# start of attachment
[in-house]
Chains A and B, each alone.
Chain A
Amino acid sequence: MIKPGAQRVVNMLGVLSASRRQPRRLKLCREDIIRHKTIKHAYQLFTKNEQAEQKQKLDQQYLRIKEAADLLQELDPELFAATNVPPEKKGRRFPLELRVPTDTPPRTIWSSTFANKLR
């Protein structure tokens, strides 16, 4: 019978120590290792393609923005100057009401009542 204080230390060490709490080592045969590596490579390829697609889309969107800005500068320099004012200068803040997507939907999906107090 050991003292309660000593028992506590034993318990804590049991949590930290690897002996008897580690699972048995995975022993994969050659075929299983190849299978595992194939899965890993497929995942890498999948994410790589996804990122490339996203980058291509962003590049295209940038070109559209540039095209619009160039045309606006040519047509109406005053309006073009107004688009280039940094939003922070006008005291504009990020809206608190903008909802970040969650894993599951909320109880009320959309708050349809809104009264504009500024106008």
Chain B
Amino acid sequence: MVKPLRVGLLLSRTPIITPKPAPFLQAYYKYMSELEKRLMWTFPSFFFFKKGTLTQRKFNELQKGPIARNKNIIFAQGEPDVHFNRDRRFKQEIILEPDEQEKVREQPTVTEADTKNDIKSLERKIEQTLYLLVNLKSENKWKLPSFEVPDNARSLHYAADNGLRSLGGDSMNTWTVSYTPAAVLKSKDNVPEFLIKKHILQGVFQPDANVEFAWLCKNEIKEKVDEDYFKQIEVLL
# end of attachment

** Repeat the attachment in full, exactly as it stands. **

[in-house]
Chains A and B, each alone.
Chain A
Amino acid sequence: MIKPGAQRVVNMLGVLSASRRQPRRLKLCREDIIRHKTIKHAYQLFTKNEQAEQKQKLDQQYLRIKEAADLLQELDPELFAATNVPPEKKGRRFPLELRVPTDTPPRTIWSSTFANKLR
């Protein structure tokens, strides 16, 4: 019978120590290792393609923005100057009401009542 204080230390060490709490080592045969590596490579390829697609889309969107800005500068320099004012200068803040997507939907999906107090 050991003292309660000593028992506590034993318990804590049991949590930290690897002996008897580690699972048995995975022993994969050659075929299983190849299978595992194939899965890993497929995942890498999948994410790589996804990122490339996203980058291509962003590049295209940038070109559209540039095209619009160039045309606006040519047509109406005053309006073009107004688009280039940094939003922070006008005291504009990020809206608190903008909802970040969650894993599951909320109880009320959309708050349809809104009264504009500024106008």
Chain B
Amino acid sequence: MVKPLRVGLLLSRTPIITPKPAPFLQAYYKYMSELEKRLMWTFPSFFFFKKGTLTQRKFNELQKGPIARNKNIIFAQGEPDVHFNRDRRFKQEIILEPDEQEKVREQPTVTEADTKNDIKSLERKIEQTLYLLVNLKSENKWKLPSFEVPDNARSLHYAADNGLRSLGGDSMNTWTVSYTPAAVLKSKDNVPEFLIKKHILQGVFQPDANVEFAWLCKNEIKEKVDEDYFKQIEVLL